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1965 Allstate SGS 250 “Twingle”

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Sears, Roebuck & Company* was certainly the Amazon of the 20th Century selling everything from house kits to furniture, clothing, farm equipment, appliances and motorcycles. Much of their product line was sourced and rebadged or made to specification. The first Sears motorcycles were offered for only a few years just after 1910 with a second wave beginning about five years after World War II. Sears offered mopeds, scooters and small motorcycles from a variety of manufacturers. Many of today’s older riders studied the “Wish Book,” then visited a Sears Roebuck store and bought a bike; some were shipped to your door in crates with some assembly required.

With so many choices in scooters and motorcycles, the 1950’s and early 1960’s were a great time to become a motorcyclist. Cushman scooters, Whizzers, Vespas, Harley Hummers, BSA Bantams, and a wide range of offerings from many Italian manufacturers were out there, new and used. For America the Austrian-made Steyer-Daimler Puch (Pook) became the Sears Allstate that was made from 1953 to 1970. Black or maroon, later silver and red, the Allstate was pretty conservative in styling and performance. But it was also tough and got a generation out on the roads; with a torquey engine, some even used them for trail riding adventures.

Many of Sears offerings were of European manufacture and two-strokes, the big Allstate 250 a “twingle” by design. It’s easy to think of the “twingle” two-stroke engine design as similar to a split piston; a pair of pistons in two cylinders in place of one piston in one cylinder, but as shown in the photo below, the engineering is much more complex! In fact in the twingle design one is piston behind the other and each piston is used for different functions. One is bringing fresh fuel to the combustion chamber from the crankcase, while the other is expelling the burned charge out the exhaust. One connecting rod operates both pistons, with the secondary connecting rod forked off the main rod. The design** has many variants and is over 100 years old, with the designs by the Austrian manufacturer Puch dating to 1923.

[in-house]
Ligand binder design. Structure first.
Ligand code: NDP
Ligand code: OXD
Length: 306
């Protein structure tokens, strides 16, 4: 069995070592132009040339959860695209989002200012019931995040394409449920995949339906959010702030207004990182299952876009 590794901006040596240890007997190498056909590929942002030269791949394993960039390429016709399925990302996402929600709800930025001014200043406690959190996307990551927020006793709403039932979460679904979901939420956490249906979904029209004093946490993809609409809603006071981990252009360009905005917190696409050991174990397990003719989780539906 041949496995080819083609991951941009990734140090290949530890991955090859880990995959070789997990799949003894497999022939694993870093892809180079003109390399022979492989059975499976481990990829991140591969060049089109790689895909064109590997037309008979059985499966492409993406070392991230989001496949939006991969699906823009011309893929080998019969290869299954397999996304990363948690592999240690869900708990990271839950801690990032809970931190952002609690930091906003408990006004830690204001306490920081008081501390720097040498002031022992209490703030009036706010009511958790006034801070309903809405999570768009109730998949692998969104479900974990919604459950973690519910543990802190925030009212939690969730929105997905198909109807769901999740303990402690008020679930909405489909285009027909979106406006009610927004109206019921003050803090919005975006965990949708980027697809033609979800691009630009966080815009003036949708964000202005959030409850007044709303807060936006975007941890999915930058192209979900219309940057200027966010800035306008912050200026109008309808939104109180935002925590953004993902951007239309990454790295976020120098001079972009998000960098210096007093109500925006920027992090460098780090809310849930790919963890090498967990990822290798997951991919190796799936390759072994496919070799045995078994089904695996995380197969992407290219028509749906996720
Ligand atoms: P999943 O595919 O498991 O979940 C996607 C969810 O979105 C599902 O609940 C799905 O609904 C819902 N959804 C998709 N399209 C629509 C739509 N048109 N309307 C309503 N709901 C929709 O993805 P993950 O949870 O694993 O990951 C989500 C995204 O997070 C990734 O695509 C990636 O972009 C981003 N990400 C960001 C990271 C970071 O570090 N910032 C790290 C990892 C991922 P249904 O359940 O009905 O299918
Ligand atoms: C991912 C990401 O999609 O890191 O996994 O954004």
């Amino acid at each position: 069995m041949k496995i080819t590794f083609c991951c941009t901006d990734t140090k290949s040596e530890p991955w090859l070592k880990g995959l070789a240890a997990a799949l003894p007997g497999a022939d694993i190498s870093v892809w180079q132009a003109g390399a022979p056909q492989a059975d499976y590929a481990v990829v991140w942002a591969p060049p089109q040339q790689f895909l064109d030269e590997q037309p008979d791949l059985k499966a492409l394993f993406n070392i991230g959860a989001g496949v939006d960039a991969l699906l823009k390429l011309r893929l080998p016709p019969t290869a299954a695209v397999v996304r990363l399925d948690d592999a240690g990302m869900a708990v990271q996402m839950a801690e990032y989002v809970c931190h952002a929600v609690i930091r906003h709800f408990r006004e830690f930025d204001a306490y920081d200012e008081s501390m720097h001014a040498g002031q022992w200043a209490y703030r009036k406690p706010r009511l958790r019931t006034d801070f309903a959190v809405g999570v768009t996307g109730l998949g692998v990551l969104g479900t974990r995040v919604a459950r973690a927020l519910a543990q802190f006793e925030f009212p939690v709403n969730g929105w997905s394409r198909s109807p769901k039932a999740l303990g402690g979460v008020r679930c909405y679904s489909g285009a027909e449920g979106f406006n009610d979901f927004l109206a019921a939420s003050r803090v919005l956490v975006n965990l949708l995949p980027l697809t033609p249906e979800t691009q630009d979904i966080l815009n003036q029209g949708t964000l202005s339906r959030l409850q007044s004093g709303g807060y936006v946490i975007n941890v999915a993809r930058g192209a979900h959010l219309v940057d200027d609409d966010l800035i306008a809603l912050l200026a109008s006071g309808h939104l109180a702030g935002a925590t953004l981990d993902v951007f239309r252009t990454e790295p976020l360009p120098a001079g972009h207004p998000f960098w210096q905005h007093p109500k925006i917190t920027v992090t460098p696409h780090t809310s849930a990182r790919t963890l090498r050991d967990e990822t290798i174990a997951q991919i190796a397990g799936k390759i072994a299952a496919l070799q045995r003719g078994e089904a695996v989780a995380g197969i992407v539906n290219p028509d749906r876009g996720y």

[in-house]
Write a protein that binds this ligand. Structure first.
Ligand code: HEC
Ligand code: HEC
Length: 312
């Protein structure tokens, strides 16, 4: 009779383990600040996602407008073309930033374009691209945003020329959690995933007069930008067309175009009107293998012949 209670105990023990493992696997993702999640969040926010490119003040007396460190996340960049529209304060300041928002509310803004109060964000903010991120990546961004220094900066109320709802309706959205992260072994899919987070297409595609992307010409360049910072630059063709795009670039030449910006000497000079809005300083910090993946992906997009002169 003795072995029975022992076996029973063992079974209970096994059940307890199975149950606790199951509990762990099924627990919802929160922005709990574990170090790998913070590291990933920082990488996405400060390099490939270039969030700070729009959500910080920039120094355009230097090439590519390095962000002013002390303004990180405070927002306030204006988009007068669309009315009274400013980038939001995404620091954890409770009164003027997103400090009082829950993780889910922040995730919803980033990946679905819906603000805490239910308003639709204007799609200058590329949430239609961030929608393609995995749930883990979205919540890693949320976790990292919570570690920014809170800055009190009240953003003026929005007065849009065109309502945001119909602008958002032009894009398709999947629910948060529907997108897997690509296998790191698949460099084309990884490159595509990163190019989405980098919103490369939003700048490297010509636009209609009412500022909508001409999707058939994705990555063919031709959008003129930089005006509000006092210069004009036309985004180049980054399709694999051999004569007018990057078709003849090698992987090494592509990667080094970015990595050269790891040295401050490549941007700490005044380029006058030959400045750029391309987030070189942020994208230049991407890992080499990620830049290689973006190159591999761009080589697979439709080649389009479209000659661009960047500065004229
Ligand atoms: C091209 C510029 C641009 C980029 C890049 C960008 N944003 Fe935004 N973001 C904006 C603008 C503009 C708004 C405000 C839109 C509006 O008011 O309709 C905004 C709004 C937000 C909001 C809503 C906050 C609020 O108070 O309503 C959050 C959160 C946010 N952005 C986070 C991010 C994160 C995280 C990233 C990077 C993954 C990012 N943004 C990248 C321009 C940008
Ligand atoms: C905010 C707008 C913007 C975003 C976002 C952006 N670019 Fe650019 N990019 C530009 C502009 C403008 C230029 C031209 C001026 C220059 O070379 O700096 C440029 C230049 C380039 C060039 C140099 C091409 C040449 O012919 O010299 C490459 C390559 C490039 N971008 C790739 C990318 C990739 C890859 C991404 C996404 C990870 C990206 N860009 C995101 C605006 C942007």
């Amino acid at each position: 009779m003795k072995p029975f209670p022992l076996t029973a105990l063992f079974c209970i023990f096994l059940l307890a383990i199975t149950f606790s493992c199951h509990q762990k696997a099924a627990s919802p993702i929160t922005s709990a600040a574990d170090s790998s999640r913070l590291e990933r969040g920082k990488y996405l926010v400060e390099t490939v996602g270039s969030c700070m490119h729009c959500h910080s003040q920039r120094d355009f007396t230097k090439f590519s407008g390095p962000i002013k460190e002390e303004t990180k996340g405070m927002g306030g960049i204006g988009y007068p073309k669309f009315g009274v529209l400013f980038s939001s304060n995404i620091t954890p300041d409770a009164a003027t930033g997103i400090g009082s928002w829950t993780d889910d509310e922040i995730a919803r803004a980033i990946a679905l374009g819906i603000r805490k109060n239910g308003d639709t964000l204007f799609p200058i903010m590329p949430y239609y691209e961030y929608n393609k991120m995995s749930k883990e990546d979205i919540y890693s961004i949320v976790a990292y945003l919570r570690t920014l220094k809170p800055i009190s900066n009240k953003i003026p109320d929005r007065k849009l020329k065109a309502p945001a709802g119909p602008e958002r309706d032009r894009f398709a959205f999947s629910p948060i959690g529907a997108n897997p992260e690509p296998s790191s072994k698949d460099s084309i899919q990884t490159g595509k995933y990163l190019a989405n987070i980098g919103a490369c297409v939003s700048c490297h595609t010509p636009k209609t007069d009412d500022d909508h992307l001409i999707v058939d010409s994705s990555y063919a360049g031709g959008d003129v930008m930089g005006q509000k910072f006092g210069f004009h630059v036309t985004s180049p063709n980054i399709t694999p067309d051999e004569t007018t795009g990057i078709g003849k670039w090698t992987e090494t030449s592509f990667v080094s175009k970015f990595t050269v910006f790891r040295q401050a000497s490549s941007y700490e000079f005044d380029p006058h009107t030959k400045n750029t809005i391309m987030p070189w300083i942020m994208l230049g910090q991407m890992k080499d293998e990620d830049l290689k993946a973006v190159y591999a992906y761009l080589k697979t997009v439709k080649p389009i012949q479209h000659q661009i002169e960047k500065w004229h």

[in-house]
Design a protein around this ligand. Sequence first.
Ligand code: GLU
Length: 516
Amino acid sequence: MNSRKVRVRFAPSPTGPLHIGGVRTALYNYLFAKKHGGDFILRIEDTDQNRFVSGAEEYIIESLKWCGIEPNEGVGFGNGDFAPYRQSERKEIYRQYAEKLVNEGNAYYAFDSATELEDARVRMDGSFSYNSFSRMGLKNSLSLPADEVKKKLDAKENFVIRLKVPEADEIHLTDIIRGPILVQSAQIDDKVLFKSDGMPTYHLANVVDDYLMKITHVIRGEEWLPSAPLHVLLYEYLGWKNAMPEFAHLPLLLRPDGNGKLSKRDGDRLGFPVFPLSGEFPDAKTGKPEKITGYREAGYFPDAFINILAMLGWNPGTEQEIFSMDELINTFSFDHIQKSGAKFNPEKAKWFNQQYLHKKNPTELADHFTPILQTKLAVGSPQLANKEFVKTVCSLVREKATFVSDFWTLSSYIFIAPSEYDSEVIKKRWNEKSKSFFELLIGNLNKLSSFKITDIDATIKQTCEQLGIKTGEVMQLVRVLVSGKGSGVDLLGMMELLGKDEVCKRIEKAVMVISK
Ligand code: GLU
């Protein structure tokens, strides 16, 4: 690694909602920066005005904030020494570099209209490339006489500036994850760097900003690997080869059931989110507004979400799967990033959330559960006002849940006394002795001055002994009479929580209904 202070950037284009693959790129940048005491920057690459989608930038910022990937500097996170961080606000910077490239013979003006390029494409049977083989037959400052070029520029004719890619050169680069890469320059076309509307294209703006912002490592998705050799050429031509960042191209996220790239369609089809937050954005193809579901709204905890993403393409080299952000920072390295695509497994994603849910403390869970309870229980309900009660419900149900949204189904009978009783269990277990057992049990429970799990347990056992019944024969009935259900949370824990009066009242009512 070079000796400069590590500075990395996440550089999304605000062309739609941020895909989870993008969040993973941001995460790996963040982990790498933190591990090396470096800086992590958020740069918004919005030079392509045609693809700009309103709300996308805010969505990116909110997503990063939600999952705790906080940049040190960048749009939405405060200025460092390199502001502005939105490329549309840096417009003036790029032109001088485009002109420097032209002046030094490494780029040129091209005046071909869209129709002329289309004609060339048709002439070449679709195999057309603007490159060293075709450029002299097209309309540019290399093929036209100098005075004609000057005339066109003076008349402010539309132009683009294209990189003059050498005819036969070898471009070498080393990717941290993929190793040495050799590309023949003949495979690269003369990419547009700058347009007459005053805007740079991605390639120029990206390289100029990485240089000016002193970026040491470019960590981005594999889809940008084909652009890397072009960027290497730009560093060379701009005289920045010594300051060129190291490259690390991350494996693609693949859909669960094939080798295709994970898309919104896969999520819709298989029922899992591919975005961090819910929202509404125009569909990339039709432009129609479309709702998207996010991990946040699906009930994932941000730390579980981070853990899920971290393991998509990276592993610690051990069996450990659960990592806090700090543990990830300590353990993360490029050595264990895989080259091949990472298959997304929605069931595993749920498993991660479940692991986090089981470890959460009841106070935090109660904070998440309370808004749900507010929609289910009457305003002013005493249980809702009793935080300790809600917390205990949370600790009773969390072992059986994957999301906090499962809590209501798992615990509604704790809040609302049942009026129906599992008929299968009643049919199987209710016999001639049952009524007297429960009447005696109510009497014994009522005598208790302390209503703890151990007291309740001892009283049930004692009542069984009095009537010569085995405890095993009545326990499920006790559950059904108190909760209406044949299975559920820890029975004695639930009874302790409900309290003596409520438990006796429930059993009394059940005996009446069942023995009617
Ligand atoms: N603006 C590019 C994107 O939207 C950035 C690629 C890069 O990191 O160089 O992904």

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In addition to this handsome, original unrestored Sears Allstate 250, the National Motorcycle Museum has dozens of small motorcycles, scooters and power-cycles from the 1950’s and 1960’s and several others that were sold by Sears Roebuck. Baby Boomers and their parents are likely to find some that come under the heading of My First Bike.

*Sears, Roebuck & Company was formed in 1886. The name is now abbreviated to Sears.

**The term twingle is also sometimes used to describe parallel or V-Twin four-stroke engines which have been re-engineered to have cylinders fire simultaneously, acting like a single cylinder engine, typically offering better hookup for dirt track racing.

Specifications:

  • Engine: 248cc Two-Stroke
  • Design: Two cylinder “Twingle”
  • Bore & Stroke: 45mm x 78mm
  • Carburetor: Puch 32mm
  • Ignition: 6V Battery, Coil, Points
  • Lubrication: Oil Pump (+Pre-Mix for Break-in)
  • Compression Ratio: 6.2:1
  • Horsepower: 16HP
  • Clutch: Multi-plate in Oil Bath
  • Transmission: 4-Speed
  • Primary: Duplex Chain Driven
  • Starting: Folding Kick Starter
  • Brakes: 7” Drum / 7” Drum
  • Suspension: Telescopic Fork/ Swingarm, Twin Shocks
  • Tires/Wheels: 3.00 x 16 / 3.50 x 16
  • Wheelbase: 52 Inches
  • Weight: 342 pounds
  • Top Speed: 68 MPH
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  1. Howard Dorris